"Hello. Good morning, everyone. Nice to see all of you. It is a pleasure to be here. [feedback from microphone] woops! Pete, would you turn down the gain in the back? Thanks. Well, it is really great to be here. Now I just want to acquaint you with this year's program. We are going to really wake up this little church! Are you excited? [scattered applause] My name is the Holy Spirit. In a few moments, you are going to hear the sound of a rushing wind, and little tongues of flame are going to descend on each of your heads. Then you are going to be able to preach the gospel in all kinds of different languages. Does that sound like fun? And don't forget, when it's over, we have a nice potluck supper for you, so y'all come back. Now, there have been some concerns about the tongues of flame. Just let me assure you that they are purely symbolic. You will barely notice they are there. And the rushing wind is really going to be more of a zephyr. We discussed this at our meeting last week and decided that 5 miles an hour was good enough to get the point across. So use your imaginations. Besides, we don't want to knock over any of that delicious punch and cookies the ladies of the church worked so hard to prepare. So, are there any questions? Oh, yes, I nearly forgot. Pete is going to make a speech afterward. Have you decided what language you are going to address the crowd in yet, Pete? I'm sure we'll have lots of interpreters. Well, let's have at it, then!"
If you are familiar with the story of Pentecost as told in the 2nd chapter of the book of Acts, you know that isn't exactly the way it happened. I've adapted it for the Methodist church in the 21st century, or maybe the 19th, or the 20th. Even if you aren't Methodist, you might recognize it as what would happen if Pentecost were to come to a little church near you.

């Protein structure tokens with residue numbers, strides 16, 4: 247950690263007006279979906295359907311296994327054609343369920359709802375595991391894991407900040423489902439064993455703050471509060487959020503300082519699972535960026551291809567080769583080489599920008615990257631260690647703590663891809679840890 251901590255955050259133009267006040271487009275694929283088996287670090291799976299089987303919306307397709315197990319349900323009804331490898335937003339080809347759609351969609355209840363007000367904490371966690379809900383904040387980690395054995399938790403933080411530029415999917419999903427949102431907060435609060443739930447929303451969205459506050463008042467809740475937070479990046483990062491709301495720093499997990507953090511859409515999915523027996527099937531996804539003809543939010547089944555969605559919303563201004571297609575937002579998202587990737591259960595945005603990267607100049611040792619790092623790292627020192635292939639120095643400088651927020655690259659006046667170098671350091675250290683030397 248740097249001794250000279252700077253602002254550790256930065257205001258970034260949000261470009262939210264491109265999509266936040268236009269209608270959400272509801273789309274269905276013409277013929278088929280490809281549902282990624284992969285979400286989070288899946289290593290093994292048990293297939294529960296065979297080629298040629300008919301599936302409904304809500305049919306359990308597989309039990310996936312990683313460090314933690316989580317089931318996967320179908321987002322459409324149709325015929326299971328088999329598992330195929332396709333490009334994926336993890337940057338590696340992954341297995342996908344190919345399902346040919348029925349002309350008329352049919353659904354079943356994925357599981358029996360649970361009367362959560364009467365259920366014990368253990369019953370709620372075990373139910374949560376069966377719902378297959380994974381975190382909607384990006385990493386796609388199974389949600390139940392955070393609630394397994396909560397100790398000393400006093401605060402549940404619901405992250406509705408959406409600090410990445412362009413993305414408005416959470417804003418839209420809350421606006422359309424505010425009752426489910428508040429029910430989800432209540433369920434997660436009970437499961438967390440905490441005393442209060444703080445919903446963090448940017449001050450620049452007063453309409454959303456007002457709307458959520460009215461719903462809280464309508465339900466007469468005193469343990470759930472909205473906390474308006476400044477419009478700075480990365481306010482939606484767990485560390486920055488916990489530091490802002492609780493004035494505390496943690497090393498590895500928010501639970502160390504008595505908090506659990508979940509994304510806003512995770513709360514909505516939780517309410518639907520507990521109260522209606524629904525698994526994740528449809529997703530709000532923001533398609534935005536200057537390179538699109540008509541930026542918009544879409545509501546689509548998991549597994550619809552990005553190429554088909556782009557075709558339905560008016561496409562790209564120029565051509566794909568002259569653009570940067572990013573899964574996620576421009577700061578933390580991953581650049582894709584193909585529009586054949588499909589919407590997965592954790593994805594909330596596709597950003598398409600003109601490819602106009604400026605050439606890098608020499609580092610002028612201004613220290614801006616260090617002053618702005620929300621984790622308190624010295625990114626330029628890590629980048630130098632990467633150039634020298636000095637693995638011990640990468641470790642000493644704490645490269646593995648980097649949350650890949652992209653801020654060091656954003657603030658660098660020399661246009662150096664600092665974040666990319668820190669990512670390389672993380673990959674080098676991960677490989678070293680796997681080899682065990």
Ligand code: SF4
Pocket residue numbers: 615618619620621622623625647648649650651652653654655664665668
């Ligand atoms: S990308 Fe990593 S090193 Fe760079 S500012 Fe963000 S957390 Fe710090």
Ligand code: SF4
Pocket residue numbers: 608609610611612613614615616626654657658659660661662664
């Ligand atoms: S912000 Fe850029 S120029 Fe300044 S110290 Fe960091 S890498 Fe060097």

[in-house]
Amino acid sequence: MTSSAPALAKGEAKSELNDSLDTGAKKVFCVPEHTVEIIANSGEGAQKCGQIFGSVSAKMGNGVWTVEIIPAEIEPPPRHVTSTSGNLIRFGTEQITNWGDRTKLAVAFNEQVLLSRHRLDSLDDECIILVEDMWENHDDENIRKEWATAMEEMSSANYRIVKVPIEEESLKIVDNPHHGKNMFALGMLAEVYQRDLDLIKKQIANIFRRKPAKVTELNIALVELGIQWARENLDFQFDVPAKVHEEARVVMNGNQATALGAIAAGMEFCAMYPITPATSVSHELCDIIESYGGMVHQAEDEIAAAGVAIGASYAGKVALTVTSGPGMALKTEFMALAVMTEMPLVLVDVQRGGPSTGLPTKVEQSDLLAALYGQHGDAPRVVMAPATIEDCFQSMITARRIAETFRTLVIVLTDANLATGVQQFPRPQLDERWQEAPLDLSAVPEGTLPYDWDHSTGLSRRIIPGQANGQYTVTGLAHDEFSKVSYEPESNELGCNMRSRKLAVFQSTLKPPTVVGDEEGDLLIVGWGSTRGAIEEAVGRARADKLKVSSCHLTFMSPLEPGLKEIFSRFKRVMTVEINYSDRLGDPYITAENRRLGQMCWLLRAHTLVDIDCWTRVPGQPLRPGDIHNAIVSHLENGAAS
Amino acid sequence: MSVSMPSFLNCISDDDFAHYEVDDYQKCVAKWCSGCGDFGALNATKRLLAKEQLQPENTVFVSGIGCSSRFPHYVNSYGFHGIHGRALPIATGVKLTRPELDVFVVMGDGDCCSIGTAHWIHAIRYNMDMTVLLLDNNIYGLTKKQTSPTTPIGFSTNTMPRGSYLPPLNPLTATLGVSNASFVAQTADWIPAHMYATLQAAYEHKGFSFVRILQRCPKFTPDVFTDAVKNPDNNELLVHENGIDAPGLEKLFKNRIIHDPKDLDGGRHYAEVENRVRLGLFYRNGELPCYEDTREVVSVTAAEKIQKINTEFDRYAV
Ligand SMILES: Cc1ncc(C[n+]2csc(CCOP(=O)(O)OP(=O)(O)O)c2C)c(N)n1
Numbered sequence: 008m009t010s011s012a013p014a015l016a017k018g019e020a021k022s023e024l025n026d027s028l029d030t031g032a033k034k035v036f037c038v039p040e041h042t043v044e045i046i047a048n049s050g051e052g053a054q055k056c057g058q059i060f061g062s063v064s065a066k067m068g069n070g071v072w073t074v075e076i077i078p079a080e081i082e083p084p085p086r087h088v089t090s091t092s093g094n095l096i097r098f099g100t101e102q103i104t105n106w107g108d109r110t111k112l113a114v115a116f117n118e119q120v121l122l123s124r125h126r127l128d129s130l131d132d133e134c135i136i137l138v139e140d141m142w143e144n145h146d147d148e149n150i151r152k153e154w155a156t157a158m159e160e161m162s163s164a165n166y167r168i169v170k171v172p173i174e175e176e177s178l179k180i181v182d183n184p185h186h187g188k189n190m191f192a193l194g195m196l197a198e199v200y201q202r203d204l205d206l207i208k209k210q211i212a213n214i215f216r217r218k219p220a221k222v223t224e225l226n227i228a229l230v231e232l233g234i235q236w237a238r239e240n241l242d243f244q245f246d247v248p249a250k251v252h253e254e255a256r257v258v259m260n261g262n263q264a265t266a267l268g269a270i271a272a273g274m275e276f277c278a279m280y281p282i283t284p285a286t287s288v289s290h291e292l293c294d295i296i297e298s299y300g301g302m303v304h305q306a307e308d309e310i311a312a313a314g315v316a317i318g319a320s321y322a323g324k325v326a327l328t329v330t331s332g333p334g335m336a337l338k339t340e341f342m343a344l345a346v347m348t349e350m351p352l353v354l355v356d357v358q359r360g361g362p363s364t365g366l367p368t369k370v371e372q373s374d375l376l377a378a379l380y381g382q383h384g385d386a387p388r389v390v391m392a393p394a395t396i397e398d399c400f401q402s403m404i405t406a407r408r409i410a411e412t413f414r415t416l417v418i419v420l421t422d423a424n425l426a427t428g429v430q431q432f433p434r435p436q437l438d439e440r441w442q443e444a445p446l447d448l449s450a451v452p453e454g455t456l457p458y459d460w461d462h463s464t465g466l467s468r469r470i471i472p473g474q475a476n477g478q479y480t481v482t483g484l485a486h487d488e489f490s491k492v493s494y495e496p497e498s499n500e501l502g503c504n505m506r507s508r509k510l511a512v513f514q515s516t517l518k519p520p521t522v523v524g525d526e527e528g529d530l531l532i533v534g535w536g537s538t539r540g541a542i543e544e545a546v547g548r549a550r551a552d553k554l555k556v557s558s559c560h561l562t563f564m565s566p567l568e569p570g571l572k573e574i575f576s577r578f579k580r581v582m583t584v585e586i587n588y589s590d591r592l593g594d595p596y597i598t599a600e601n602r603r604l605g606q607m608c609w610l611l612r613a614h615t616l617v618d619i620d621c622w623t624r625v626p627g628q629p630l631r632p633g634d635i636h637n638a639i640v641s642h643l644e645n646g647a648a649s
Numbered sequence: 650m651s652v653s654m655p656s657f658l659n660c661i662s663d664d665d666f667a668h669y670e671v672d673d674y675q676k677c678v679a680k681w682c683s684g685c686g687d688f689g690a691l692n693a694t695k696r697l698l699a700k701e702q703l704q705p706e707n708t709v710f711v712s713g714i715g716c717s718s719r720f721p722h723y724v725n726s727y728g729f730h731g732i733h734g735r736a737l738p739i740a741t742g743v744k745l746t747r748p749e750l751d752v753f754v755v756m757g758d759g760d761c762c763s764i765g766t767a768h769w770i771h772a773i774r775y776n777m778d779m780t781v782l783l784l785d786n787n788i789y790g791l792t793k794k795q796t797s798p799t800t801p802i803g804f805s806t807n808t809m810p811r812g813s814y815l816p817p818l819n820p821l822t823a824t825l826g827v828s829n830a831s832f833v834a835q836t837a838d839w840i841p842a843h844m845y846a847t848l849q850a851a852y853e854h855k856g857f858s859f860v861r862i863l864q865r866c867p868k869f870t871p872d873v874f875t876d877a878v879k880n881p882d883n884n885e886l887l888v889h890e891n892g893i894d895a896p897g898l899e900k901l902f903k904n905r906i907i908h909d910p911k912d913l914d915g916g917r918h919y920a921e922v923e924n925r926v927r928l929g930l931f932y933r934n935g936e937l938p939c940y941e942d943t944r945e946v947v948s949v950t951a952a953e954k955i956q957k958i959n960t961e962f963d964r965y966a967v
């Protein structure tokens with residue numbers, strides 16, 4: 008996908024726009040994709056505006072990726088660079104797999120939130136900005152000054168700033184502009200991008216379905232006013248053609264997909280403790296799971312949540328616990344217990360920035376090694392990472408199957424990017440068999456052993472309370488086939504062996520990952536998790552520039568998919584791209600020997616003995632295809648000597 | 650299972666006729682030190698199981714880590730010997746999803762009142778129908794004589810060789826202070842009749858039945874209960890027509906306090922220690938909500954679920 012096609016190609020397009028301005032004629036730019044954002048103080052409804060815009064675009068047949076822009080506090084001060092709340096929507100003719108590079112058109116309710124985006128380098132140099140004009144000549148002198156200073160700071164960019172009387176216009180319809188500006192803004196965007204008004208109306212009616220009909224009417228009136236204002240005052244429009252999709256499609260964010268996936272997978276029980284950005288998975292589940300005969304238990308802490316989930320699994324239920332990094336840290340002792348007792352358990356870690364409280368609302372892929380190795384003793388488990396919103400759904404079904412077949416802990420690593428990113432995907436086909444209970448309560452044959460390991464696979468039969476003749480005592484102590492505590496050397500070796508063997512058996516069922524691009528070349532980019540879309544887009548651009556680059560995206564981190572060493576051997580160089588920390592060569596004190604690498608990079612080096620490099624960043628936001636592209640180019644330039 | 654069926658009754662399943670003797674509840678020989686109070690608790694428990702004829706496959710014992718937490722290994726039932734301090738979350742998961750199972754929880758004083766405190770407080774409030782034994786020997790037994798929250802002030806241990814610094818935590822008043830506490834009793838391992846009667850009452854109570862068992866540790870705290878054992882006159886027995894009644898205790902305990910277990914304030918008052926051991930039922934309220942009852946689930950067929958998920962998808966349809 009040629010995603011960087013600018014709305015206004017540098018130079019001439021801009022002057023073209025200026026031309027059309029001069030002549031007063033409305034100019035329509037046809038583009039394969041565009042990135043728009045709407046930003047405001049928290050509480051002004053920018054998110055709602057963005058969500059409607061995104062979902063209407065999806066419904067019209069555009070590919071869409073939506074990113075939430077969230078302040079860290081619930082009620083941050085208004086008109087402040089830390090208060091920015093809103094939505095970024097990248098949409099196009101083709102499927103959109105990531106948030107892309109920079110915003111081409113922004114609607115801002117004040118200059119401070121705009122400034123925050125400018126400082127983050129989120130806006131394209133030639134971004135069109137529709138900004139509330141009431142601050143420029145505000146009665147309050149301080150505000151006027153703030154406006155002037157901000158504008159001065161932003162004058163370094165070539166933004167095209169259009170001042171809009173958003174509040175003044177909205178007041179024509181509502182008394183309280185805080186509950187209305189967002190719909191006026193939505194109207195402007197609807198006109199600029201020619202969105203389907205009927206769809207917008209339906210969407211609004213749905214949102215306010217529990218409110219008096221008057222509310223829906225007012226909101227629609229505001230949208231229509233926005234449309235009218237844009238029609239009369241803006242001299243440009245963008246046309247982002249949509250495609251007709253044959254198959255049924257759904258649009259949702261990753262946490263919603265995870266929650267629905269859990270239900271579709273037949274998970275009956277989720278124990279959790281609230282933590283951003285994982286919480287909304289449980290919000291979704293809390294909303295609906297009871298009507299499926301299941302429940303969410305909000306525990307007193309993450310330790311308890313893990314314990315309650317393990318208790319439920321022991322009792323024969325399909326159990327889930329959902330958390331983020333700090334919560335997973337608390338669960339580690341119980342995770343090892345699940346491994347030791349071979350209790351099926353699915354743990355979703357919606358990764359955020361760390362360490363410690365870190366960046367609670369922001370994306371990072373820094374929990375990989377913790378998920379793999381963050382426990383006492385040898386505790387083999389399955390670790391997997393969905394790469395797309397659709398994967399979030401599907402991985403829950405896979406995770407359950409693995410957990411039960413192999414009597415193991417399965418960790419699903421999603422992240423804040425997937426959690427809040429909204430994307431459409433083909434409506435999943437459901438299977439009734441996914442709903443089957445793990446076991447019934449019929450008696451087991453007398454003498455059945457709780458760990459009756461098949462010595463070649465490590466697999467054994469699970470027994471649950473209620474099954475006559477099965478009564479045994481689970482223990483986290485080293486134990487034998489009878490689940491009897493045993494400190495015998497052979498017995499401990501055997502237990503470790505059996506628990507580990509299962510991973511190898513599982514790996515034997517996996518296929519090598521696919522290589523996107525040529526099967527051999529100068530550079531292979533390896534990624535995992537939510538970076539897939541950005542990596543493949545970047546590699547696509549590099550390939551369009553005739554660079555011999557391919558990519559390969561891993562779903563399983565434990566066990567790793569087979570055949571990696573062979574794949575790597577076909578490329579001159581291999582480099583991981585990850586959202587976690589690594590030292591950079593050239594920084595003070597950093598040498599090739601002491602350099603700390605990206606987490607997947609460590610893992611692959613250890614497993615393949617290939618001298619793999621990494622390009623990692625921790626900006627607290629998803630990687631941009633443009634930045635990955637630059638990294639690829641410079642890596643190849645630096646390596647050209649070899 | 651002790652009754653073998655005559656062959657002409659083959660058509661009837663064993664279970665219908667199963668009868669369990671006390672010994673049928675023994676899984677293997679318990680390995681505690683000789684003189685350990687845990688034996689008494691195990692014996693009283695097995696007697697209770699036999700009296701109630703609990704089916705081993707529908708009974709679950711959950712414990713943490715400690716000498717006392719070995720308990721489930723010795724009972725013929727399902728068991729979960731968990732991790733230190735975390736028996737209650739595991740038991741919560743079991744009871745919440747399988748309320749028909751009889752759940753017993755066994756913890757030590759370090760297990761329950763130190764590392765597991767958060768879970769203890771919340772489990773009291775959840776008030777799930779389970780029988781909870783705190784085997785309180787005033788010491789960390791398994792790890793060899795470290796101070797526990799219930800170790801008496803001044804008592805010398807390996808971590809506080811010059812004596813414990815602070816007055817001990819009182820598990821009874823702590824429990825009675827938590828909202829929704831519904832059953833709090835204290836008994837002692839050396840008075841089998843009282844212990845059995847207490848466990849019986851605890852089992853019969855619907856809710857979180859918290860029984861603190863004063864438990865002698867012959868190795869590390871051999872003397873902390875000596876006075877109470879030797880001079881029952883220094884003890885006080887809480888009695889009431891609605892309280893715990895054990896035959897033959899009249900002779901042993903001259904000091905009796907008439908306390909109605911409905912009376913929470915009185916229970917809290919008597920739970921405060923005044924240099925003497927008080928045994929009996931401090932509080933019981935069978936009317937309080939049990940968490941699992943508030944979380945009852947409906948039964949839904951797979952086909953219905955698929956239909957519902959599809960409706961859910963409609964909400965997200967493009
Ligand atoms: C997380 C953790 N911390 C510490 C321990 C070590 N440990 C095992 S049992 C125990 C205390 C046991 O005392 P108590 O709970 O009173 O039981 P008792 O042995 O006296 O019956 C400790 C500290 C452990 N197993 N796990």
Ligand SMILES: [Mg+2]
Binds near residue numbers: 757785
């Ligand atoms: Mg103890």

I find some amusement writing about our local Pentecost celebration each year. Our church has a committee that plans our traditional worship services, and every year for Pentecost they try to do something special. For the past five years or so, it is generally been close to the same thing, involving a kind of recreation of the original story, with different languages being spoken, and flame colored streamers, or banners, or persons being asked to wear flame colored clothing to church. One year we processed into the church to a really jazzy rendition of "Come, Creator Spirit" composed by a Dutch organist a couple of years ago that I found online. Sometimes we even try to get the sound of the wind in there--not always convincingly.
This usually occurs at the start of the service, and often leads into, or comes out of, the opening voluntary. Last year it happened during the handshaking that occurs before the service, and the idea was to just suddenly have all of these languages pop out of nowhere and unexpectedly take over. Our pastor, being Methodist, pretty much told everybody what was going to happen ahead of time, but it still took some people by surprise, including a woman on our committee, who expressed concern at this year's meeting that it hadn't been sufficiently prepared last year. I tried to explain that that had actually been the point, but...you know. Surprises are exactly what we are trying to avoid when we go to church.
When I got home I looked up the Pentecost story again, just to make sure I remembered it right, and sure enough, the people at the original "happening" were "amazed" and "perplexed" and asked one another "what does this mean?" Apparently they did not think to be annoyed at the event planner for insufficiently explaining to everyone what was happening ahead of time.